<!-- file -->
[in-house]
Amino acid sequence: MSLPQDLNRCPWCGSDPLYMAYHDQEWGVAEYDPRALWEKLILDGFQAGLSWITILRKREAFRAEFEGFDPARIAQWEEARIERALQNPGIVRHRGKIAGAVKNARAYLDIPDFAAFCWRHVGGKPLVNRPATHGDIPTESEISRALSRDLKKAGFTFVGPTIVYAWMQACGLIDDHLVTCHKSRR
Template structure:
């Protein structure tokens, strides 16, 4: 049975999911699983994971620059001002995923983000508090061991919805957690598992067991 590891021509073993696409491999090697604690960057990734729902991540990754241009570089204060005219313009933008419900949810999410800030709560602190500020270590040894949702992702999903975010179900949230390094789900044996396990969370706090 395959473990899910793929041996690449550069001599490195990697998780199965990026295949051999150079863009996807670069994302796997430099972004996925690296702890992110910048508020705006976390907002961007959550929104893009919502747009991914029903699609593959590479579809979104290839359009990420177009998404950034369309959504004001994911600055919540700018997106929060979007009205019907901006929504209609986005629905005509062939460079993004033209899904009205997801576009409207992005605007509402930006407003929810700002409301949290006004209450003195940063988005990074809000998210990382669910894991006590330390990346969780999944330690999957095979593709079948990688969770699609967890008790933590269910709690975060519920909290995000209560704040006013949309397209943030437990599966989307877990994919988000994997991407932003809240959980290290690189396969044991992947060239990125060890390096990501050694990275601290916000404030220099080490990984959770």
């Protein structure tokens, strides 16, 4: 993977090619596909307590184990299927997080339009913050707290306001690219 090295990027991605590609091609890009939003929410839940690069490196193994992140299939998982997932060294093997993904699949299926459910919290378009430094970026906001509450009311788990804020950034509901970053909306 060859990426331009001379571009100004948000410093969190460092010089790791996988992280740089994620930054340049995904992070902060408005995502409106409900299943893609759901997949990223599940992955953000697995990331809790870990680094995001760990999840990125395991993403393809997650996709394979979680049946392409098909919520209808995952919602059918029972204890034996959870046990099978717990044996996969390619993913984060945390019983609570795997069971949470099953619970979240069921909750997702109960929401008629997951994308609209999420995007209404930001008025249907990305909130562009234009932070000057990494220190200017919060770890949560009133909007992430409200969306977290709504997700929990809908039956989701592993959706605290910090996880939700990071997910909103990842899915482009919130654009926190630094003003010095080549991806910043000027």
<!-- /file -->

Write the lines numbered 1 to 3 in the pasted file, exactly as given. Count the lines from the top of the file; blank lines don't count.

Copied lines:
[in-house]
Amino acid sequence: MSLPQDLNRCPWCGSDPLYMAYHDQEWGVAEYDPRALWEKLILDGFQAGLSWITILRKREAFRAEFEGFDPARIAQWEEARIERALQNPGIVRHRGKIAGAVKNARAYLDIPDFAAFCWRHVGGKPLVNRPATHGDIPTESEISRALSRDLKKAGFTFVGPTIVYAWMQACGLIDDHLVTCHKSRR
Template structure: